We get an ocean-front room with kitchen. Until a tall building went up next door a few years ago, we could see the Wright Brothers monument out the back window. We share a porch with the other six rooms (two others with kitchens) in the same building. There is an identical building next to us. Depending on the weather, we sit on the beach, the porch or inside, looking at the ocean through our picture window.



This year, I made a few notes and will share them here.

–One day, as I tried to imagine the back story of many of the people walking by, I wondered if other people have similar thoughts while people-watching at the beach. Then I wondered if they ever don’t have such thoughts.

I posed these questions on Facebook: “When you sit on the beach, watching people walk by, do you ever try to imagine their backstories? Do you ever not do this?”

The first two responses led me to realize the questions would best be directed at people with active imaginations, such as writers and story tellers. I ran them by two friends who are bona fide fiction writers. Both said they also sometimes create in their minds stories for people they observe.

–Walking on the beach into a strong wind, bundled up, slipping around in loose sand is a workout. Walking the same beach barefooted and in shirt sleeves, on the terra relatively firma uncovered at low tide is a delightful stroll.

–As always, there were a few kids dipping their feet in the November surf. On one walk, we passed two pre-teen girls doing so. The one with long legs executed a pirouette each time a wave hit her feet and ankles.

–And the dogs are always a delight. You can see them smile as they jump over or into the waves. Golden Retrievers never encounter a person who isn’t their best friend. We also saw one little dog that appeared to about the same dimension in three directions.

–I watched two people in wet suits take their surf boards out into the water to wait hopefully for a wave to ride. I mention this merely to use the word “hopefully” correctly.

–There were two groups of friends there this year while we were. I had two reactions. One was some envy because there have been past years in which we had a group of friends with us. The second was wondering if each group had been in a bubble prior to arriving. They didn’t practice social distancing and no one ever wore a mask.

–One guy was there for a couple of days, one room away from us. He began each day with a cigarette or three, sitting on the porch with a “No Smoking” sign staring him in the face. I wondered how he felt about law and order.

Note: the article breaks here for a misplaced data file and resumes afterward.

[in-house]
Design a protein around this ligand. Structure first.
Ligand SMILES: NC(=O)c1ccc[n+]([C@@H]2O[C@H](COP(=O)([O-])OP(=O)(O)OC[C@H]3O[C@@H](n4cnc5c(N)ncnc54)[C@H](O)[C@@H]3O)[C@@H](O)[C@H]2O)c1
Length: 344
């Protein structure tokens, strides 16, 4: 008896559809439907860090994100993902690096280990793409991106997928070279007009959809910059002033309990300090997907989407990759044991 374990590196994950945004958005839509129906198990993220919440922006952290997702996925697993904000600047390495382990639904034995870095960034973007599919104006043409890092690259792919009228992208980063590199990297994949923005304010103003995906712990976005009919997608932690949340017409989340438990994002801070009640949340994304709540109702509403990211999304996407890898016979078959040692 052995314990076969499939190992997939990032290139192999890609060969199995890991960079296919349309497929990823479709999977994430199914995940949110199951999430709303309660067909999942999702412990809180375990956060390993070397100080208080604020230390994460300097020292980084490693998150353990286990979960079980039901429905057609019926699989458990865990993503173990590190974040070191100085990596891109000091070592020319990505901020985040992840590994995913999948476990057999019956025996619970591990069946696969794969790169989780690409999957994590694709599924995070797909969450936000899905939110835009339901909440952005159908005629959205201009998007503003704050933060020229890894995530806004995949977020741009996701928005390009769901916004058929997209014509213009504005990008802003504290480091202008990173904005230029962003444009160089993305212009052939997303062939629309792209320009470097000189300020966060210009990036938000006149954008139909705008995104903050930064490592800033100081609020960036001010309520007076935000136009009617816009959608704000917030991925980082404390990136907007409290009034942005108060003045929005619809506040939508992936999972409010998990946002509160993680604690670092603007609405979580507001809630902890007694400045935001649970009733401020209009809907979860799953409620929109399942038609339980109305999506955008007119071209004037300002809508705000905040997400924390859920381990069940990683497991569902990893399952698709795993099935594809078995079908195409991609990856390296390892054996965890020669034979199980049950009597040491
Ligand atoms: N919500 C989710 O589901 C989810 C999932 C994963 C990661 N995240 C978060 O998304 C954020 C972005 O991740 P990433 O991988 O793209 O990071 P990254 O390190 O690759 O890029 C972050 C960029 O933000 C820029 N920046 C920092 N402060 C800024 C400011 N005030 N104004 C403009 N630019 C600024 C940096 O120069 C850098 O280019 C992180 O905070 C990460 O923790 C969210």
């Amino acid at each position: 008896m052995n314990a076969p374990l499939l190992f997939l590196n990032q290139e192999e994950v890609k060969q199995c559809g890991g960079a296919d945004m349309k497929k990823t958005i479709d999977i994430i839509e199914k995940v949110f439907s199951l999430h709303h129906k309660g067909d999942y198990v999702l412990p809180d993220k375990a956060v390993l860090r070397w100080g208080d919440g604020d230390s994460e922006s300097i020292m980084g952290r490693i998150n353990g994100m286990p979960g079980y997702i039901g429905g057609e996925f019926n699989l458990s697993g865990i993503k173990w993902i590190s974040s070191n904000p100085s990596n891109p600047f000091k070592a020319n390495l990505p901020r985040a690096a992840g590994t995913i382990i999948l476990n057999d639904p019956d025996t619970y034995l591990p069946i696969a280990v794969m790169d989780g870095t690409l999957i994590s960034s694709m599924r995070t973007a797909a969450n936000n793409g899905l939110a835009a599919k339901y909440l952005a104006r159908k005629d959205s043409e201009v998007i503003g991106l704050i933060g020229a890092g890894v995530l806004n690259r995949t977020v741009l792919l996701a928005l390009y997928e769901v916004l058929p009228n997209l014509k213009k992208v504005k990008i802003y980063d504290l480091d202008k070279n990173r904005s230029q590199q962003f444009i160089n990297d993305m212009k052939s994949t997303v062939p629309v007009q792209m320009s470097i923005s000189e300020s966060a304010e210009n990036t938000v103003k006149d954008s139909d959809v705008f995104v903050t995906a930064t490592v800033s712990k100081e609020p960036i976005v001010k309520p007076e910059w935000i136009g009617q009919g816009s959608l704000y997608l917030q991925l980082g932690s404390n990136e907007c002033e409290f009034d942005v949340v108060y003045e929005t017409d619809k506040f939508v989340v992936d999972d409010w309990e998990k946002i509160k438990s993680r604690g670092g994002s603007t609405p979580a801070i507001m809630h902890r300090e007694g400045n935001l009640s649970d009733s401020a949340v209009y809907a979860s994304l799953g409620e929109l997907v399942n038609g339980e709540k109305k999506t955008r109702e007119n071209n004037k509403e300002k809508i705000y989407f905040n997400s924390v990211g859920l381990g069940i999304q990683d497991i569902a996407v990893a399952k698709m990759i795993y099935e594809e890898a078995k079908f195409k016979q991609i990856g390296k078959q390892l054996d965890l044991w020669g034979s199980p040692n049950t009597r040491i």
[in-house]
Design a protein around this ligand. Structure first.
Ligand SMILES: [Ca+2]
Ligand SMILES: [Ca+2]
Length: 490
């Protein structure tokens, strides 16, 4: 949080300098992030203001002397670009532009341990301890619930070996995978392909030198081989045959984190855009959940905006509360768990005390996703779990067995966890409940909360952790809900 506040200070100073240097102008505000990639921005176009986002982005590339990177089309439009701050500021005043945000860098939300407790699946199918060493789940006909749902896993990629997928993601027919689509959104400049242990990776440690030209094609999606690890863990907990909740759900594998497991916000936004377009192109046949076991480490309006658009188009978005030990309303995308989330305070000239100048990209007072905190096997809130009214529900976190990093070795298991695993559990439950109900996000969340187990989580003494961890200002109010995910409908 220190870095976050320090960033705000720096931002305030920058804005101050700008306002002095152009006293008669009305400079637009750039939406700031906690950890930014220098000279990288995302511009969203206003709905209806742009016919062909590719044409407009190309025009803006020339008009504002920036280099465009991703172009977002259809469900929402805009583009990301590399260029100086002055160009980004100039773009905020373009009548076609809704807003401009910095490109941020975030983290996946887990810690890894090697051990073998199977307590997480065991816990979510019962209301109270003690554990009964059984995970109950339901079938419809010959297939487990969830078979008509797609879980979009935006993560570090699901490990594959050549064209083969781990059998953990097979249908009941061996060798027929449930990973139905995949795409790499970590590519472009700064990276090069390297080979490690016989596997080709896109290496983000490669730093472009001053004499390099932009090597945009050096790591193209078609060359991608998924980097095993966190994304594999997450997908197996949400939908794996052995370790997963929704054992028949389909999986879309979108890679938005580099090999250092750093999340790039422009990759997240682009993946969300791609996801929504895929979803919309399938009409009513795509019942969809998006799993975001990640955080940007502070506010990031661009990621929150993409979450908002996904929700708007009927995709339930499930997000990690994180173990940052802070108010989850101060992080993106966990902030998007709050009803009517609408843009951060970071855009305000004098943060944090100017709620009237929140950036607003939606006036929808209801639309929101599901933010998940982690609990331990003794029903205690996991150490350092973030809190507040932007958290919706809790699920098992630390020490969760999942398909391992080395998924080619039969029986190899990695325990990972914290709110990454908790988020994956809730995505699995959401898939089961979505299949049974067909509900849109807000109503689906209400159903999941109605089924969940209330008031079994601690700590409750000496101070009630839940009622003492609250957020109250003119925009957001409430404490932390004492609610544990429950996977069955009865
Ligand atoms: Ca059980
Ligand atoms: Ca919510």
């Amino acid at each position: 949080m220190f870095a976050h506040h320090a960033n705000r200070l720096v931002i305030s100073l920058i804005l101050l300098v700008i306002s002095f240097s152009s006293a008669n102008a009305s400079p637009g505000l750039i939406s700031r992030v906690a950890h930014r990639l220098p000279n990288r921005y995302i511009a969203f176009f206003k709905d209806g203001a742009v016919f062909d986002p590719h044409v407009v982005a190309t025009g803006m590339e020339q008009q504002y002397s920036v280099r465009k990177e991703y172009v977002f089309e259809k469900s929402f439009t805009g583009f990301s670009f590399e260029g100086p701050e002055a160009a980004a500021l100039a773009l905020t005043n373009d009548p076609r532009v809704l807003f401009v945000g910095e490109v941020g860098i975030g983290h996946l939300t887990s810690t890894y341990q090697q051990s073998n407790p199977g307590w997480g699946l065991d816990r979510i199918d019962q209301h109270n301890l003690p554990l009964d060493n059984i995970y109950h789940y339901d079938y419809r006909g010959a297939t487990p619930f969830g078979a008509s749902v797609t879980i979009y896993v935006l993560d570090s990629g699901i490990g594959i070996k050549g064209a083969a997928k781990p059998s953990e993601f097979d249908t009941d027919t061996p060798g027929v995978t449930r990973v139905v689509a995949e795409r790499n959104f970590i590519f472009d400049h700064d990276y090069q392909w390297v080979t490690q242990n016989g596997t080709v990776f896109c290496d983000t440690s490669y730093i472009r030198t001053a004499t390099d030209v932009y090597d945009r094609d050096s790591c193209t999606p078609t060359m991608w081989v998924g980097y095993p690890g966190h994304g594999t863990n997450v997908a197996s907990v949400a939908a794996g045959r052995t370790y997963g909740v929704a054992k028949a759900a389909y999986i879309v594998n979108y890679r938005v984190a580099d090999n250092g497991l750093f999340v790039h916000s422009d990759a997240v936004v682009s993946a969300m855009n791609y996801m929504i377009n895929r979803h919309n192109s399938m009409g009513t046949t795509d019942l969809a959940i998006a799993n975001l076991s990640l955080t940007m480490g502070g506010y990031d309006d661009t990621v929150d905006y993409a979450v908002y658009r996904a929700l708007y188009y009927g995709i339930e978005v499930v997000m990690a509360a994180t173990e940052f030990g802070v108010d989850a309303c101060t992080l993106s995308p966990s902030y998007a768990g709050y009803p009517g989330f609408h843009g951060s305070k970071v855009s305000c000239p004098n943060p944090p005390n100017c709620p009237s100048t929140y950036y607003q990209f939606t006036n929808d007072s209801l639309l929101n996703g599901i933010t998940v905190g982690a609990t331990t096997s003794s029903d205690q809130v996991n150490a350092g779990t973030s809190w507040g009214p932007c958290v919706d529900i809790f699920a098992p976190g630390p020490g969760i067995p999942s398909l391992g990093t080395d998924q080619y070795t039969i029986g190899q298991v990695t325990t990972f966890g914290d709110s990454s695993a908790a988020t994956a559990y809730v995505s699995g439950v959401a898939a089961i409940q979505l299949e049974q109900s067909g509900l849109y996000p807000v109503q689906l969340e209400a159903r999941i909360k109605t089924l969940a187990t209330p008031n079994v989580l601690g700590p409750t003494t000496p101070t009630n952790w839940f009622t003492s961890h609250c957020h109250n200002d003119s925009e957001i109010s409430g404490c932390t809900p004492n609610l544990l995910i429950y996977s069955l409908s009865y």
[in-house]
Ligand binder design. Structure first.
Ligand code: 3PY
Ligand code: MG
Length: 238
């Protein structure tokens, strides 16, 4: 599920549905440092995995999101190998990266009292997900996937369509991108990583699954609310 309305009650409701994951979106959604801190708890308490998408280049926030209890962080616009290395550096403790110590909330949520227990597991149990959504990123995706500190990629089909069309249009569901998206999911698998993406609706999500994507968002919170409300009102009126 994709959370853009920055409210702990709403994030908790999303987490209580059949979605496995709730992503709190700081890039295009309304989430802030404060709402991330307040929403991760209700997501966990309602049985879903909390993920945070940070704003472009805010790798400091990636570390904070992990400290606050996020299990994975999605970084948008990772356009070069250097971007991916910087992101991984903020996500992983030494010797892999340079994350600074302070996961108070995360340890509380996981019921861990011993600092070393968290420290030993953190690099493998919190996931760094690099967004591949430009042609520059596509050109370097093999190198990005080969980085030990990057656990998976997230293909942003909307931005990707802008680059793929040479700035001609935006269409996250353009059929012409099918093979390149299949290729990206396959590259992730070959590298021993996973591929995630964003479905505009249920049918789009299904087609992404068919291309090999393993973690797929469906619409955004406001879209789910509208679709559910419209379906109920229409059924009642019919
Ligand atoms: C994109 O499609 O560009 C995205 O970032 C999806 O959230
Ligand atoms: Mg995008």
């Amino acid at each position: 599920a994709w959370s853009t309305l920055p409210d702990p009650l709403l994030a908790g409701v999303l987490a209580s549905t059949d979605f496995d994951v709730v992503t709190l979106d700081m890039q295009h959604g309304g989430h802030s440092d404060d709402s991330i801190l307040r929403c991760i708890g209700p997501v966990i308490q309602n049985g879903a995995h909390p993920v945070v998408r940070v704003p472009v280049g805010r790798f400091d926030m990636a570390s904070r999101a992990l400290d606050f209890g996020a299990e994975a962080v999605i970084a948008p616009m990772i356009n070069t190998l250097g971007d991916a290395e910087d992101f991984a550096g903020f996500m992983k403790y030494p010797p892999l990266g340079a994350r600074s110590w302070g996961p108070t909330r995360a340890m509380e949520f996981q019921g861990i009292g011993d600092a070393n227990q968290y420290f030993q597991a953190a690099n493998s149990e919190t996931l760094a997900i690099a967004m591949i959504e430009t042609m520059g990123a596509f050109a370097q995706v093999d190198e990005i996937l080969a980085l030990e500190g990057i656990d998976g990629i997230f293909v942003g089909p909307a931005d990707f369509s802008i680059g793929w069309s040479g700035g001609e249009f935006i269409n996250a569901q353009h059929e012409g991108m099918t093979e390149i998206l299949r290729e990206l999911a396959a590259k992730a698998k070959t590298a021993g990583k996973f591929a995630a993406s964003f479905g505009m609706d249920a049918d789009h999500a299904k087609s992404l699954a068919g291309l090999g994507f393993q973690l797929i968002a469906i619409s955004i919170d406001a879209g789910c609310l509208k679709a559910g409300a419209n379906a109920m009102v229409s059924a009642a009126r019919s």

–One afternoon, there were four and twenty black birds, plus quite a few more, on the beach. You usually see just a few here and there among the more numerous seagulls. I don’t know if they were local or just passing through, but when they left altogether, they flew south.



–I took a lot of photos and posted some on Facebook, noting the location. Soon my phone would ask, “How was Cavalier by the Sea?” Was. Past tense. If the phone is so smart, why didn’t it know I was still there?

_________________________________
A year ago, I shared photos of sunrises from the 2019 trip.
https://johnbecton.blog/2019/11/13/five-days-of-beach-sunrises/

Adventures in job hunting

Have you ever had a job interview that didn’t go well? (I’m guessing your answer is “yes.”) Who’s had one that seemed doomed from the start? (Yeah, I see those hands rising.) You may not relate to the profession, but the situation I’m about to describe is likely familiar. You may not have had the very same experiences, but I’ll bet you’ve had some that were similar.

Back when I was in campus ministry, or at least trying to be, I set up a job-search file with an ecumenical organization that had a presence on many college campuses across the country. I was working as director of a local, non-profit service agency, when I got a notice that the campus ministry program at one small university in the mid-west had expressed interest in me.

They arranged to fly me out for an interview. For reasons I don’t recall, it had to be wedged in between commitments I had at home through a Saturday evening and a seminar nearby at which I was to speak on Tuesday and Wednesday mornings. It seems possible that my schedule would’ve been more flexible from that Wednesday afternoon through the upcoming weekend.

They booked me on an odyssey that began early Sunday morning. I landed twice along the way, changing planes at the second stop, before reaching a large airport across the state from the school. There I was met by someone from the organization’s national office.

First we had to connect. He had me paged, but had my first name wrong. Hearing someone else’s first name, I didn’t focus on the rest of the announcement. But I asked myself, Didn’t the last name sound like mine? Could it have been meant for me? But why would he not have the correct name? As I pondered, the page was repeated. I went to the designated meeting spot. Yes, the guy didn’t really know my name.

Then we set out in his car, swinging by another big airport to pick up one of his colleagues. Apparently the plan was for them to get to know me along the way. One might think that a preferred alternative would’ve been for the two of us flying in to have landed closer to the school, and the three of us to have gotten acquainted there rather than in a car. But one who might think that didn’t make the plans. We stopped for a quick evening meal. At some point it started to snow. The campus was covered by the time we got there.